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Fed's taper timing depends on progress on jobs, Brainard says

July 30 (Reuters) - The Federal Reserve needs to see more improvement in the pandemic-hammered U.S. labor market before pulling back on support for the economy, Fed Governor Lael Brainard said on Friday, adding that she’ll be more confident in judging that progress once she has September data in hand.

“The determination of when to begin to slow asset purchases will depend importantly on the accumulation of evidence that substantial further progress on employment has been achieved,” Brainard said in remarks prepared for delivery to the Aspen Economic Strategy Group. “As of today, employment has some distance to go.”

Earlier this week Fed policymakers began tackling in earnest the thorny questions of how soon and how quickly to trim their current $120 billion in monthly asset purchases, aimed at boosting economic growth by pushing down on borrowing costs.

Brainard’s assessment of progress on the labor market front was in line with that of Fed Chair Jerome Powell, who at the end of the Fed’s meeting on Wednesday said the U.S. job market still had “some ground to cover” before the Fed could start to taper its bond purchases.

But Brainard also offered something new: a potential hint on the timing of any taper decision, at least for her.

“Importantly, I expect to be more confident in assessing the rate of progress once we have data in hand for September, when consumption, school, and work patterns should be settling into a post pandemic normal,” Brainard said.

The U.S. Labor Department releases its September jobs report on Oct. 8, and the next Fed policy meeting after that takes place in early November.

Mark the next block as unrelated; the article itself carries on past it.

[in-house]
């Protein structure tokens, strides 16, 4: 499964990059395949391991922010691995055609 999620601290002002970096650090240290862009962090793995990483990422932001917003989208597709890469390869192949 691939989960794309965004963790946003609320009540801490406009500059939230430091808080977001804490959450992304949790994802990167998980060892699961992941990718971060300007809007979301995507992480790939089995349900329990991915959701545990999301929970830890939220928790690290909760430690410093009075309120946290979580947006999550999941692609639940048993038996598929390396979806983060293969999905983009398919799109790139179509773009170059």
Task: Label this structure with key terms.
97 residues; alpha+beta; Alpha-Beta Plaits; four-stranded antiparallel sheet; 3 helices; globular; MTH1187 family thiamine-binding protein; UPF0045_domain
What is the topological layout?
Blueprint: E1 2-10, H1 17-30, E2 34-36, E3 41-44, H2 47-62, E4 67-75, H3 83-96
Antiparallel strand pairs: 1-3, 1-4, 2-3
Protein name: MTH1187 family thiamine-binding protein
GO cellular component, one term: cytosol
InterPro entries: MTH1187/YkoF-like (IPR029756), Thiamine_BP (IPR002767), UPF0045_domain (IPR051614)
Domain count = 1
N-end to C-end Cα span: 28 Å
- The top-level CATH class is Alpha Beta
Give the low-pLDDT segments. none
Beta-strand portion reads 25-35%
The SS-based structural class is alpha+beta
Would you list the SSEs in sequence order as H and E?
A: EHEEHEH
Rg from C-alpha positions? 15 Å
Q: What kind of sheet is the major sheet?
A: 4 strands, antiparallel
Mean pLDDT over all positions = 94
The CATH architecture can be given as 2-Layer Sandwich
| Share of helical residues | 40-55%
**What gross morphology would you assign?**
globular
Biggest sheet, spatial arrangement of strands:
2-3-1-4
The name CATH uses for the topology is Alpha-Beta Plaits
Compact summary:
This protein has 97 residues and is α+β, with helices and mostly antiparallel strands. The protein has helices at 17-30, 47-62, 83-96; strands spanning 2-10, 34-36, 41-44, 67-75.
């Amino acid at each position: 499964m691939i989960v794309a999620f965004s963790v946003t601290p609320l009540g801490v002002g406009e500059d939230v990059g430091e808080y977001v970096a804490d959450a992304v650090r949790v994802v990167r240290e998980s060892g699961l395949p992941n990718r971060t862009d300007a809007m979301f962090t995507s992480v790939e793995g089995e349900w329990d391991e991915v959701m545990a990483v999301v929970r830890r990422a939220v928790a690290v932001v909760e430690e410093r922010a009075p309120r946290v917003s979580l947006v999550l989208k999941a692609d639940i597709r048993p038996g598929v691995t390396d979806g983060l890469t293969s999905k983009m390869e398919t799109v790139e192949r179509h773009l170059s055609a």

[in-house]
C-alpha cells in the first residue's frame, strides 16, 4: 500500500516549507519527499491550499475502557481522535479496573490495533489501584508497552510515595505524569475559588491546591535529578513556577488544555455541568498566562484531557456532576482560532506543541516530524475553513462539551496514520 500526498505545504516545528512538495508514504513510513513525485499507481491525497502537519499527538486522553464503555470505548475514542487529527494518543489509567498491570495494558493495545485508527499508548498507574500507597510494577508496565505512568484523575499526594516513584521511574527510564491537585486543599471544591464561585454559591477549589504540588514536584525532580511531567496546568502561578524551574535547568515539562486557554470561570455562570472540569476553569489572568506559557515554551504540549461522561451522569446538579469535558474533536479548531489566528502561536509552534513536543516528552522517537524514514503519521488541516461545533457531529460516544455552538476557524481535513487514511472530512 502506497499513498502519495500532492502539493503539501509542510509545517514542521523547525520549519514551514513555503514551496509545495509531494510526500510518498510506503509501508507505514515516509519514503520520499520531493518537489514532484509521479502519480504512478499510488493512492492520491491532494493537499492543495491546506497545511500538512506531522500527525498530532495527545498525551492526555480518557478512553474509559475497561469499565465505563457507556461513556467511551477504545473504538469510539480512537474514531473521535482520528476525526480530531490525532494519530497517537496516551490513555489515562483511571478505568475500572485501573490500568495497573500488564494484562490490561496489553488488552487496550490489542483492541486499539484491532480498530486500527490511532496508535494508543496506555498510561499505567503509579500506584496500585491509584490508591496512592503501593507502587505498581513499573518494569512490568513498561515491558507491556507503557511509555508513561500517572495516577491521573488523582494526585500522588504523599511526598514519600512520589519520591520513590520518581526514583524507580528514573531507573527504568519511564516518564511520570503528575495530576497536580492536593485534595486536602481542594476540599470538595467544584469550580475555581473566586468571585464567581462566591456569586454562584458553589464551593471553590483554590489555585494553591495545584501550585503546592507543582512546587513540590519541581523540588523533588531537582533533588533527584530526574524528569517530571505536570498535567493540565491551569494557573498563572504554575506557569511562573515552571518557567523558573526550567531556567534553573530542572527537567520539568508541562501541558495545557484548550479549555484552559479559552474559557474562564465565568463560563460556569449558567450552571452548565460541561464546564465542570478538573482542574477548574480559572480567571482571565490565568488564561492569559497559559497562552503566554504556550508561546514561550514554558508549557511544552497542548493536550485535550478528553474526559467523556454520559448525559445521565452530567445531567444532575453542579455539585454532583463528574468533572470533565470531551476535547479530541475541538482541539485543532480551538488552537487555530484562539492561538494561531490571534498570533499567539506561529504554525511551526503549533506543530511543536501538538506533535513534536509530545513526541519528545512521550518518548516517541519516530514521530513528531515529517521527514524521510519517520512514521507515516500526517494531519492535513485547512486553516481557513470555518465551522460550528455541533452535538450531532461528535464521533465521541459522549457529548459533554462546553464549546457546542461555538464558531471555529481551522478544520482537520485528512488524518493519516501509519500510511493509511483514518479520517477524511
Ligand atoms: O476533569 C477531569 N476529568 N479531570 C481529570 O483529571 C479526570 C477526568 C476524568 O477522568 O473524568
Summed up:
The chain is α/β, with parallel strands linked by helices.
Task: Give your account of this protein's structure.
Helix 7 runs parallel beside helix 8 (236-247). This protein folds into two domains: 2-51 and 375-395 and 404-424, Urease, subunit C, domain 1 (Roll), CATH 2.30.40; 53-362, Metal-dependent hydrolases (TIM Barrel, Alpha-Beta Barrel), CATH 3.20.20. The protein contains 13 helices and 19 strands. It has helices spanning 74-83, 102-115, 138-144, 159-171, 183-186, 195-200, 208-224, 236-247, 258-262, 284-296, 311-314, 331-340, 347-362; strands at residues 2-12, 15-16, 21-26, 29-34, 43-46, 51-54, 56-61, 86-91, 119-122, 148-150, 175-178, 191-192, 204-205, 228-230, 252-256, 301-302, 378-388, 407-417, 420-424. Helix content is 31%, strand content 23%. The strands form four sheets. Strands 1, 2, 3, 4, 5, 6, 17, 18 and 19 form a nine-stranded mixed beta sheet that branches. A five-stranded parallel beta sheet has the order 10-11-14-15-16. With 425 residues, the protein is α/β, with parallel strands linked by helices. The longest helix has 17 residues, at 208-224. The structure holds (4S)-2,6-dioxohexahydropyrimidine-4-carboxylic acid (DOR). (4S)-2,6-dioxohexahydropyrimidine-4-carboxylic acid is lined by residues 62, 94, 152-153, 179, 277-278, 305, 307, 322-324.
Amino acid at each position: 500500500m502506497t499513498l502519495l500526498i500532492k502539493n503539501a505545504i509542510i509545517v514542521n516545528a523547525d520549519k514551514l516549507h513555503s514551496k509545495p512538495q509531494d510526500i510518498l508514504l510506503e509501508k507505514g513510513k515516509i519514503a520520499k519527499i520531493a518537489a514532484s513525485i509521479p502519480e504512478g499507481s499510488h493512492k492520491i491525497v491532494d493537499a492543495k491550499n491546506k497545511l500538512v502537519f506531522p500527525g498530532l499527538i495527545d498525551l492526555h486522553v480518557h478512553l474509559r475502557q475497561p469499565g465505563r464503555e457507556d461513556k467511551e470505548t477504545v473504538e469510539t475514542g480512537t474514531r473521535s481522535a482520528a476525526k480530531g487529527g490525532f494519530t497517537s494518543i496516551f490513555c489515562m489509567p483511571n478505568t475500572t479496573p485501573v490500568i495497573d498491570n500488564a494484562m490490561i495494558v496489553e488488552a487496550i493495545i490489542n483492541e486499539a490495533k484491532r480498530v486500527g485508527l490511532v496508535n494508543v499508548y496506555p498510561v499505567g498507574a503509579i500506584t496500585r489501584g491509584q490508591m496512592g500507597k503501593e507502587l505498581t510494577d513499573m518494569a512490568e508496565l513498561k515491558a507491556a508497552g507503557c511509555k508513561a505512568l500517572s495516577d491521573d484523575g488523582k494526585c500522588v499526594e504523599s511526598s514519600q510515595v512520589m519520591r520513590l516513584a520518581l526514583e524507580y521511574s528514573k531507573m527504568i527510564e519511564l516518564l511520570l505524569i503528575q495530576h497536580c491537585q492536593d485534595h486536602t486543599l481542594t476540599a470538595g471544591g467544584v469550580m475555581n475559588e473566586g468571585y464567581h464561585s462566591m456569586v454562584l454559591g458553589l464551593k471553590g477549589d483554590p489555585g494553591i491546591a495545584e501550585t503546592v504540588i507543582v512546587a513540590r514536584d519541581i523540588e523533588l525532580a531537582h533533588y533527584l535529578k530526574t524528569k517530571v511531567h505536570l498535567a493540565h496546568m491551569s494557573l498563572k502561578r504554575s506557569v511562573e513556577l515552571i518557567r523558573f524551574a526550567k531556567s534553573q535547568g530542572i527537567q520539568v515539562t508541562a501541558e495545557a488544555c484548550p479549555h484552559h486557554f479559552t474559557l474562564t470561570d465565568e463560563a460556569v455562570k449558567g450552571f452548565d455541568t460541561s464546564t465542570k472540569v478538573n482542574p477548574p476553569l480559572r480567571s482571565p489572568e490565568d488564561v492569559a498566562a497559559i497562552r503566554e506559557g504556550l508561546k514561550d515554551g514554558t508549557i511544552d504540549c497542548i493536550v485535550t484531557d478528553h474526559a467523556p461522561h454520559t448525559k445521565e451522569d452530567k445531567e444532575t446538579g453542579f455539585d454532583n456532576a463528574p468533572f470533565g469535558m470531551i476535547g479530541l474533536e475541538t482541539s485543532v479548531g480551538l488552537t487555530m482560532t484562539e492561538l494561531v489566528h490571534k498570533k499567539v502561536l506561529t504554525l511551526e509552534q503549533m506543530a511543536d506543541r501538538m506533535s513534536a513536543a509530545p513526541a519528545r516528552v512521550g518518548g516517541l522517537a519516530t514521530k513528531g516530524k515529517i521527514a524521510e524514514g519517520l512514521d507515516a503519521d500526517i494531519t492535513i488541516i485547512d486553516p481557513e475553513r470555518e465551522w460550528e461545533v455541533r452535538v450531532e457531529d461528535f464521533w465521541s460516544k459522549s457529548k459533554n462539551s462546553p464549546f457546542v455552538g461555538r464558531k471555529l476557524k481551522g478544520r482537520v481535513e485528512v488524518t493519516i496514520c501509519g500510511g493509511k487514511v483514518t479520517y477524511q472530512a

If job gains continue at the same pace as the second quarter, she said, about half of the 9 million jobs gap relative to the pre-pandemic trend would be made up by the end of 2021. “If, instead, the rate of job growth were to accelerate notably, those levels could be reached somewhat sooner,” she added.

In addition to progress on employment, the Fed’s taper decision depends on progress towards the Fed’s 2% inflation goal.

Inflation readings in recent months have come in higher than expected, with the core PCE price index shooting up 3.5% in the 12 months through June, the largest gain in the Fed’s preferred inflation gauge since December 1991. It rose 3.4% in May.

Those high readings are likely to be transitory, Brainard said Friday, as they reflect supply-demand imbalances in a “handful” of sectors like cars and travel. On a 24-month measure, she noted, core PCE inflation is running at 2.3%.

While she is attentive to the risks that upward inflation pressures could broaden or prove persistent, she said, she sees no signs that they are getting embedded into consumers’ and businesses’ inflation expectations.

“If inflation moves persistently and materially above our target, we would adjust policy to guide inflation gently back to target,” she said.

Worries about the potential for high inflation are, however, prompting several of the Fed’s 18 policymakers to want to get going quickly on the bond-buying taper.

Earlier Friday, St. Louis Fed President James Bullard said the Fed should start reducing its bond purchases this fall so that it doesn’t end up needing to raise rates sharply, and possibly spark a recession, if inflation remains high.

Brainard’s comments did not suggest any such rush. She noted that the decision to taper is distinct from any decision to raise rates. That will depend on a three-part test the Fed laid out last fall: reaching full employment, 2% inflation and being on track to exceed 2% inflation for some time.

“Remaining attentive to changing conditions and steady in our step-by-step approach to implementing policy under our new framework should ensure that the economy’s momentum is sufficient when tailwinds shift to headwinds” later this year and beyond, as the support from massive government spending during the pandemic fades, she said. (Reporting by Ann Saphir; Editing by Cynthia Osterman)